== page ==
Even now, he grins like a vandal when that play gets mentioned, and on senior night, his entire family wore t-shirts with that moment printed on the front.

Everything is personal for Clark.

After he threw down a show-stopping dunk on George Washington’s Babatunde Akingbola, Clark was visibly delighted to learn that his victim leads the conference in blocks. He interrupted the postgame press-conference when he broke into a brace-faced smile and did the universal symbol for “you just got dunked on.”

“On his head,” Clark said.

In the final season of a college career defined by evolution, Clark says he is trying to step up and be a more personable leader. He isn’t aloof, but anyone who sees him in practice or games recognizes that he is more observant on the court than he is talkative.

“I’d say that’s always been me. More just locked in and just try to lead by example, rather than just talking.”

But as he matures and accrues experience, Clark sees the benefits of stepping outside his comfort zone on a social level, and his personality begins to shine through.

“It’s just being more engaged with your teammates, talking to your teammates more, getting to know your teammates more. Because if you don’t know someone, they’re not going to follow you.”

Dambrot says that he gained an understanding of how to reach Clark and force the best out of him. He hit­­­s him head-on with criticism. Earlier this year, Dambrot called him out by name in a post-game press conference for his defensive performance. Blunt honesty is the key to Clark, who is so driven by his heart.

“Everybody marches to a different drum. There are some guys you’ve got to stay on top of and there’s other guys you’ve got to massage. Sometimes people misconstrue what fairness is,” Dambrot said. “But sometimes you’ve got to get on Jimmy, you know, to really push him. That doesn’t mean I like other guys better. It just means that I’m trying to understand how to get the most out of him.”

The relationship that has bloomed between the 65-year-old Dambrot and 22-year-old Clark is one of mutual understanding and respect. It’s a testament to how Dambrot has sustained a career connecting with players 35 years younger than him, as well as the maturity Clark carries himself with.

“He definitely holds me to a higher standard because he expects the best out of me, and that’s why I respect [him],” Clark said. “Because if someone doesn’t expect the best out of you, they’re not really helping you.”

“That’s what makes it nice is even when he has issues where he gets frustrated, you go back to knowing he’s a nice person so you can live with it,” Dambrot said.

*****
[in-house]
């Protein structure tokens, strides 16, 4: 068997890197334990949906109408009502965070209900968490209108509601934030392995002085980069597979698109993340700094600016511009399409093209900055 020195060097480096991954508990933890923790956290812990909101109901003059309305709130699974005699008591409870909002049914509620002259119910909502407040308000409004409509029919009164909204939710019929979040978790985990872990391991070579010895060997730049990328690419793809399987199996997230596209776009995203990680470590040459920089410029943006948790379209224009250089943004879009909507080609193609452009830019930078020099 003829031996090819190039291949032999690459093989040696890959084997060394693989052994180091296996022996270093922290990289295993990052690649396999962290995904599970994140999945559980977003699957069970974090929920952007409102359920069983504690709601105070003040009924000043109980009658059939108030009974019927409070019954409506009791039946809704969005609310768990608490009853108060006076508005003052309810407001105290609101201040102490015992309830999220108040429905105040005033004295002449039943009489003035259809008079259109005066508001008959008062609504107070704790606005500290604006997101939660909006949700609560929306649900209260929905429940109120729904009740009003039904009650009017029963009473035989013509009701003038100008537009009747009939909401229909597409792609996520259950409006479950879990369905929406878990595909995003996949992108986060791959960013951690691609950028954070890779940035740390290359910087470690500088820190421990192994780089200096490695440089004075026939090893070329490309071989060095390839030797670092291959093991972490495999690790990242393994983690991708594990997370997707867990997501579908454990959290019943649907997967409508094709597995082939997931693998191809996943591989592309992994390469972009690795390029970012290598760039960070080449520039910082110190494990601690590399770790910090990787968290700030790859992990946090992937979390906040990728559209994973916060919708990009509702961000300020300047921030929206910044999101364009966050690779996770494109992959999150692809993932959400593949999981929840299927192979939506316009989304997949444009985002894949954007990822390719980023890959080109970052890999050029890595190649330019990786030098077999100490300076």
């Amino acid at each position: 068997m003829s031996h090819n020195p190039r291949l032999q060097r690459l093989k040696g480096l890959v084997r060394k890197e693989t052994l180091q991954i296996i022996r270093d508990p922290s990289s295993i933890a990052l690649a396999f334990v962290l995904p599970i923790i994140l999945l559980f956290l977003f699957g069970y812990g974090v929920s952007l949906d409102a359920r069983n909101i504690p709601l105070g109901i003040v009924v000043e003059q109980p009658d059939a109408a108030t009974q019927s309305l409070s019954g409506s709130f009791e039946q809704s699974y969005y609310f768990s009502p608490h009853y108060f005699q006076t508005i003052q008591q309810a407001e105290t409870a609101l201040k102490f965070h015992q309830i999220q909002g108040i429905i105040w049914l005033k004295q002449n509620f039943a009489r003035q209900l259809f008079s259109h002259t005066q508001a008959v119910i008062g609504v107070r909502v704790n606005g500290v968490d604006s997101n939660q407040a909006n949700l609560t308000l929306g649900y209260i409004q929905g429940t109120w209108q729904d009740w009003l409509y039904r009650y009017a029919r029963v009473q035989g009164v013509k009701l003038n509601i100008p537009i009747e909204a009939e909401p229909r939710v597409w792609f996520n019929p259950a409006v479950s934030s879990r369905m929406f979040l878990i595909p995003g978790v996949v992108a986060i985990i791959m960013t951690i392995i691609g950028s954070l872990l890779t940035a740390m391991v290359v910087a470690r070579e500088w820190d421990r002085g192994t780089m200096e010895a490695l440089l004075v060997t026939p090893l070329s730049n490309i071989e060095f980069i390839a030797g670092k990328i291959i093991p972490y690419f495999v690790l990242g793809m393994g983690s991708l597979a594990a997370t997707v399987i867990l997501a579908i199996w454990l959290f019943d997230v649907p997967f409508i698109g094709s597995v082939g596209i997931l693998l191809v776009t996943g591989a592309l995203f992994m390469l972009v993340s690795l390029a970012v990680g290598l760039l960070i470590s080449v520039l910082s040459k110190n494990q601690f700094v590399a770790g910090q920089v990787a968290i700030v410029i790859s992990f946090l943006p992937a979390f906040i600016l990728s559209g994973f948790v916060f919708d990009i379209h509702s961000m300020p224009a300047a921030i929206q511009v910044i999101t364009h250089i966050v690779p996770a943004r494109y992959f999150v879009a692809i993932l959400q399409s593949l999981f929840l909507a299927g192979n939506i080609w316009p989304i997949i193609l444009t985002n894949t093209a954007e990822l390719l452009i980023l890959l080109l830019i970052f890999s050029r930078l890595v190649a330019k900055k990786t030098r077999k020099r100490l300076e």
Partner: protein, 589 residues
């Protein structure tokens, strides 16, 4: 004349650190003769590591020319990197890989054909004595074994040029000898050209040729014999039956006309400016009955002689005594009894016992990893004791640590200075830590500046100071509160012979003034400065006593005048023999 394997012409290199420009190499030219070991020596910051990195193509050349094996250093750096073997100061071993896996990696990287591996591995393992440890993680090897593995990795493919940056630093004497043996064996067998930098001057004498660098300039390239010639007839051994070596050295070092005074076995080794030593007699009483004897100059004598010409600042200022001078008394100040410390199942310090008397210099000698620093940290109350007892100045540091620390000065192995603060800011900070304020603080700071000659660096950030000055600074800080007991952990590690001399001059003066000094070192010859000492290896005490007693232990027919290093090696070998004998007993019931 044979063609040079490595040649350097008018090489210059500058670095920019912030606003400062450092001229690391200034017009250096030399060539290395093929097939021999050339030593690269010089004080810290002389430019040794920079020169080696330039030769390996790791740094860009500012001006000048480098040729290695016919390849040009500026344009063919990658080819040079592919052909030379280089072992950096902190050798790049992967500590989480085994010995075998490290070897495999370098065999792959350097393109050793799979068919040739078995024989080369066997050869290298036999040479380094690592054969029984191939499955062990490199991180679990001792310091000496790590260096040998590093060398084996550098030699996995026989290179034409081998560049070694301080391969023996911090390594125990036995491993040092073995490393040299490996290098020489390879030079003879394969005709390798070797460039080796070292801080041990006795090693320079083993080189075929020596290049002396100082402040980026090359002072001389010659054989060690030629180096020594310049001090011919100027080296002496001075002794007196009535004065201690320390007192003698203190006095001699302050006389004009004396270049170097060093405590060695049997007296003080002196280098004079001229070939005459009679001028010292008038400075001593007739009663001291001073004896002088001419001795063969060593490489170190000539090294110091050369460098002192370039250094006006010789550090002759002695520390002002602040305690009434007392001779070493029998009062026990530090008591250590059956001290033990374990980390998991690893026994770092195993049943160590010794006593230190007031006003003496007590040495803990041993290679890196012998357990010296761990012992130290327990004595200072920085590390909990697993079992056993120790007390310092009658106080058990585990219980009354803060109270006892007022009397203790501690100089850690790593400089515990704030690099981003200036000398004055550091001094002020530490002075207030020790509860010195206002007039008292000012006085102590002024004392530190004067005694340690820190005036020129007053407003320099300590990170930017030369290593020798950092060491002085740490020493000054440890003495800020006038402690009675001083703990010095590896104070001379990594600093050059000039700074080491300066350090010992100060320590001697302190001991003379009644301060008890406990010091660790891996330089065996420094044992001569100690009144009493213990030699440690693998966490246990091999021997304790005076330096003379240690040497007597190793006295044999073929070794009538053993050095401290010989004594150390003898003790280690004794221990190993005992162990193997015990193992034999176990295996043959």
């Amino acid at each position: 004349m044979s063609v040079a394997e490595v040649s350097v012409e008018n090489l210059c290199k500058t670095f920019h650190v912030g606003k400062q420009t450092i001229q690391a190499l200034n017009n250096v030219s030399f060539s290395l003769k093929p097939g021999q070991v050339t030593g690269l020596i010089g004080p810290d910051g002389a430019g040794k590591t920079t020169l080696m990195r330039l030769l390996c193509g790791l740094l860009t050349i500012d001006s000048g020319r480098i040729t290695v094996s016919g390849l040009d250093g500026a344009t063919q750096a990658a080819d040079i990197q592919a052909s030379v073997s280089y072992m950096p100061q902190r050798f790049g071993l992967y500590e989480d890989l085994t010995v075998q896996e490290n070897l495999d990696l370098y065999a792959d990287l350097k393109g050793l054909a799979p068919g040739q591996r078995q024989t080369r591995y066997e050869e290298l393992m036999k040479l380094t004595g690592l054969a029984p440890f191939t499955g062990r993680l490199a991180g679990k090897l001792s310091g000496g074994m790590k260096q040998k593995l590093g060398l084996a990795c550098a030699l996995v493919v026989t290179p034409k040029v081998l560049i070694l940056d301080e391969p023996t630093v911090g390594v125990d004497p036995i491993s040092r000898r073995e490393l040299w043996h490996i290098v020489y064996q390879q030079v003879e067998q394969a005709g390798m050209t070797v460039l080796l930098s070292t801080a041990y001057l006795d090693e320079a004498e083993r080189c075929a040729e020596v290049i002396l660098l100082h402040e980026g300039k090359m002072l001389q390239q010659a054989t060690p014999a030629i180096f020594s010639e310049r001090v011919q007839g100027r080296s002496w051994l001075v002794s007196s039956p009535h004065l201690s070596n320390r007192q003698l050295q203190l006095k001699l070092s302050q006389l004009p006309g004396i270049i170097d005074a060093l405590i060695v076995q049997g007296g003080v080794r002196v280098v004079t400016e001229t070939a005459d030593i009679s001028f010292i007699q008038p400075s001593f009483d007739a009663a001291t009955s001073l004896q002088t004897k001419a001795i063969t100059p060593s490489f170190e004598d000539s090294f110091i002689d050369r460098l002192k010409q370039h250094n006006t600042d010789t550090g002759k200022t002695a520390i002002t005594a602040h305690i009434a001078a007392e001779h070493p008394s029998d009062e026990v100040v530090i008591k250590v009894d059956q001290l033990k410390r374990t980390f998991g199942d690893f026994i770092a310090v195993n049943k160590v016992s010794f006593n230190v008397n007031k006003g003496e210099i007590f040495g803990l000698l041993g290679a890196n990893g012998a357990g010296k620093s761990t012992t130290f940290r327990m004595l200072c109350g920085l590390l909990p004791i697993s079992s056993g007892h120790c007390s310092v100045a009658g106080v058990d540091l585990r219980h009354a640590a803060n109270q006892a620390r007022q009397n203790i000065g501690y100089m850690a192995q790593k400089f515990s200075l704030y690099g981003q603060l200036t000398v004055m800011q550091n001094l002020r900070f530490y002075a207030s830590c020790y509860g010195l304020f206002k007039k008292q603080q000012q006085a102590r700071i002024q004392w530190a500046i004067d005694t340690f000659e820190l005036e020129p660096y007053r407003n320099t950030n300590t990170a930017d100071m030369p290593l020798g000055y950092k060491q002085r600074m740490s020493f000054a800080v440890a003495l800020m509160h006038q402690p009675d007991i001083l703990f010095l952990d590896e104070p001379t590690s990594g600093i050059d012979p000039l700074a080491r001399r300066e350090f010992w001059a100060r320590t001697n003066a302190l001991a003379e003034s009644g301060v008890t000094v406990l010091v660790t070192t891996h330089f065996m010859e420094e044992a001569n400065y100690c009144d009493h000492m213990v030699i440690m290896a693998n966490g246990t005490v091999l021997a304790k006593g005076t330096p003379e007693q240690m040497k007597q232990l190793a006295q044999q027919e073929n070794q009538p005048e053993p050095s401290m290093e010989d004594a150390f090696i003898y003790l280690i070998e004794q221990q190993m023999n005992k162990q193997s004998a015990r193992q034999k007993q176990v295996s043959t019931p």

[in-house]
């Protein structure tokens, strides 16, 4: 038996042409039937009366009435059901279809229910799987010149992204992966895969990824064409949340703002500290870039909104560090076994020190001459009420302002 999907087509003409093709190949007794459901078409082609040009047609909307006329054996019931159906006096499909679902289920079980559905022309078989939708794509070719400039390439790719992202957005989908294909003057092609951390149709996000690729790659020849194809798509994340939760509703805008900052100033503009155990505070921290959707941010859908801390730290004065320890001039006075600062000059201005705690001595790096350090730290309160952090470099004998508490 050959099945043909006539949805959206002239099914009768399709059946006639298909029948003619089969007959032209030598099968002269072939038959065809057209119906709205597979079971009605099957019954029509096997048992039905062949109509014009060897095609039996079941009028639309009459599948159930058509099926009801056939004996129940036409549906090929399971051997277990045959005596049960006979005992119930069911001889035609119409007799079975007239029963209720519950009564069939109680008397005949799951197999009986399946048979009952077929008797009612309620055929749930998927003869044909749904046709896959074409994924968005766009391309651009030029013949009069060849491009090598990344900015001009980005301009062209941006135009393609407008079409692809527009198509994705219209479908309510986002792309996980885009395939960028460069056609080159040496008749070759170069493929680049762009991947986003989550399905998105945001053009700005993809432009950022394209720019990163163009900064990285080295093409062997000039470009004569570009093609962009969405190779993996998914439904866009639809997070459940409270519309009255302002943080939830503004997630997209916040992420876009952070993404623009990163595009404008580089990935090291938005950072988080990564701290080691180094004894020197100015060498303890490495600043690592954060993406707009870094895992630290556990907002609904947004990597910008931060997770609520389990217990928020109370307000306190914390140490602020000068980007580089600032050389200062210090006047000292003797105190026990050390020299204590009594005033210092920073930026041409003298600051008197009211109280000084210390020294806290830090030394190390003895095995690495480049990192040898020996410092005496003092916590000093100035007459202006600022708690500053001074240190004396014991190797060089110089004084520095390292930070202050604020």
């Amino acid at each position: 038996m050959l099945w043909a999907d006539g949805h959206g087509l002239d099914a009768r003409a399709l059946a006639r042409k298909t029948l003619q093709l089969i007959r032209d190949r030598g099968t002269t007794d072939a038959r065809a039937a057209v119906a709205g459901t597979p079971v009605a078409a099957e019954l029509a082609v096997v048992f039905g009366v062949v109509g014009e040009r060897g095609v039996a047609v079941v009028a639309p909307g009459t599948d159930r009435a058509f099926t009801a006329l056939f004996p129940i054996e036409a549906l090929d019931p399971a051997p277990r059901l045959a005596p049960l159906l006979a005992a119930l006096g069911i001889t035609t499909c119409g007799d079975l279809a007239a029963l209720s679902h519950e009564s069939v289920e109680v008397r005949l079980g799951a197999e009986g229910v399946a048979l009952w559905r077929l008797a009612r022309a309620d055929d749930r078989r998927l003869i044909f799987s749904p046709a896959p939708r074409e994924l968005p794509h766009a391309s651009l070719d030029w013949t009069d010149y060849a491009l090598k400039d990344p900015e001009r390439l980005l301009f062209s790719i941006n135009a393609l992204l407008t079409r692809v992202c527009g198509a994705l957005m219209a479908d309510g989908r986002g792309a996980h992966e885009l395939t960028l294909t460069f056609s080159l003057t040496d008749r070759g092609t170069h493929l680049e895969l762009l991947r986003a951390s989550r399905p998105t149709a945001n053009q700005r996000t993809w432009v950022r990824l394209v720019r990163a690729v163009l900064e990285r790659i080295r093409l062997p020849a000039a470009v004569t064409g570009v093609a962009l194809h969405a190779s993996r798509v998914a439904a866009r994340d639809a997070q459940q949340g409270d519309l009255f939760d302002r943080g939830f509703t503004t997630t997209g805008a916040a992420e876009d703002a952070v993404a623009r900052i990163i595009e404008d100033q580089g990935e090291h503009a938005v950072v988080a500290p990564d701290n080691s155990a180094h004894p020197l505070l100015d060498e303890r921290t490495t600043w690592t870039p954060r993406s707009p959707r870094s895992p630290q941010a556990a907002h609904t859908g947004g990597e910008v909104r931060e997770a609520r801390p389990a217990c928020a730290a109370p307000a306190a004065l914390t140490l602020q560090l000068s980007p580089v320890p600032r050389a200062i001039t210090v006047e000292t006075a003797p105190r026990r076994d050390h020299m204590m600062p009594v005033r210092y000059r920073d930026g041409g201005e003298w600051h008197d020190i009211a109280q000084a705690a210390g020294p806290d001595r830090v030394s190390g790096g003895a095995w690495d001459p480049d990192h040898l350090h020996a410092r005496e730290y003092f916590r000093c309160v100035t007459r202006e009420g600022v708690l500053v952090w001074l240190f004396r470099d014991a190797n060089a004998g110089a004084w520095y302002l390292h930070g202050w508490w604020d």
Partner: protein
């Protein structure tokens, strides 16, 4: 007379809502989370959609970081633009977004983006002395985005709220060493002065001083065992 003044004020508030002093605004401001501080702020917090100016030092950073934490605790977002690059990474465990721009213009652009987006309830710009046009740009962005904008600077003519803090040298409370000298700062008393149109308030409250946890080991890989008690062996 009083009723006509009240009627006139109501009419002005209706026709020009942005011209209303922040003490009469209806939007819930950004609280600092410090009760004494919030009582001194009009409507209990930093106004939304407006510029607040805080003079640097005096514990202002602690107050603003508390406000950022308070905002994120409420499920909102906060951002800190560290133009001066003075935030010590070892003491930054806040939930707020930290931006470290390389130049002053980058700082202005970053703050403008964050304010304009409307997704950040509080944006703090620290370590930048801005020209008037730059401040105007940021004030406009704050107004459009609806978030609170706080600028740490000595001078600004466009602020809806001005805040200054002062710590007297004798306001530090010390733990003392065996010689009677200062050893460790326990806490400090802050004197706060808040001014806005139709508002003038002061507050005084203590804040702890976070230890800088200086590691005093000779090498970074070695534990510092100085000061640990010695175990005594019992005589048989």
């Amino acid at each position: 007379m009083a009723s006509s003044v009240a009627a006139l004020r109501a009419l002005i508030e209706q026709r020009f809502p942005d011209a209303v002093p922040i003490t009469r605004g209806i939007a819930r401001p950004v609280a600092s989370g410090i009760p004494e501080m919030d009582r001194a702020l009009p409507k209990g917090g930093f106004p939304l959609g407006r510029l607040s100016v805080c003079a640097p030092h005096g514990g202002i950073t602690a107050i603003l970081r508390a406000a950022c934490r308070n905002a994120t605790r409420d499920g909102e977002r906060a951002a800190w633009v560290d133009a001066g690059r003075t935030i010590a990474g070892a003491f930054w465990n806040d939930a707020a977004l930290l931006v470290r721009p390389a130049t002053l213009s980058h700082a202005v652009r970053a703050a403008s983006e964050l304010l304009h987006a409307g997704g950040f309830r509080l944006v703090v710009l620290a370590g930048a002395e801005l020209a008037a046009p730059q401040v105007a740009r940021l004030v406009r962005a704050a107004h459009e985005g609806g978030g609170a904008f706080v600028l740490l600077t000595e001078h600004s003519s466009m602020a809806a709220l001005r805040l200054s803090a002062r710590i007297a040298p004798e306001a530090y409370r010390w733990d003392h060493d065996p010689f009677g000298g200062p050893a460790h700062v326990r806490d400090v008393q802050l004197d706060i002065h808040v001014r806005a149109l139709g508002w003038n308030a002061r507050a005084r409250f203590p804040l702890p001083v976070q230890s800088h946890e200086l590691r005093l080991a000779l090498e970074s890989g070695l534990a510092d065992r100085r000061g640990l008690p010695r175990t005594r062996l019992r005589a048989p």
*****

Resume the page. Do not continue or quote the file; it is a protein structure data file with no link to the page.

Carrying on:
In Jan­­uary, Clark missed a pair of free-throws that would have tied the game in the final seconds. Stone-faced and silent, Clark trudged off the court. Forty-five minutes after the game, Clark was back on that exact spot, shooting free-throws over and over again.

Almost two months later, Duquesne was tied with George Washington with 2.1 seconds left. Clark stepped back to the free throw line with all the pressure on his shoulders. Not only was the game on the line, but he was sitting at 999 career points. Clark collected himself, and drained both shots to secure the victory.

“For most of us, what makes us great kills us,” Dambrot said.

Clark’s composure isn’t flawless. When the team is struggling, he sometimes makes head-scratching turnovers and fouls that are more a product of him trying to do too much than anything else.

“His biggest thing that we harp with him all the time is discipline on both ends,” Dambrot said. “He wants to do it; he just has to continue to work on it. It’s like any habit that any of us have.”

“His ability to gamble and steal the ball is a great thing. But he has to learn how to channel it and when to use it and when not to use it.”

On Tuesday, Clark was named second-team all-conference, as well as being given the nod for the all-defense team. Reaching this position was never a given. Not when he was on the bench at VCU, and not when he was stranded in junior college. Undeniably driven by his emotions, Clark had to will himself to get here. At Duquesne, he finally found the people who understand the many layers he has and turned him into an all-conference candidate that Dambrot says should be getting NBA tryouts this summer.

“I’m just grateful man. Grateful for my teammates, grateful for everybody that helped me get to this position in life,” Clark said. “Without the help of these guys and the coaches it wouldn’t be possible.”

“He certainly isn’t perfect,” Dambrot smiled. “He drives me bananas sometimes, but he’s improved.”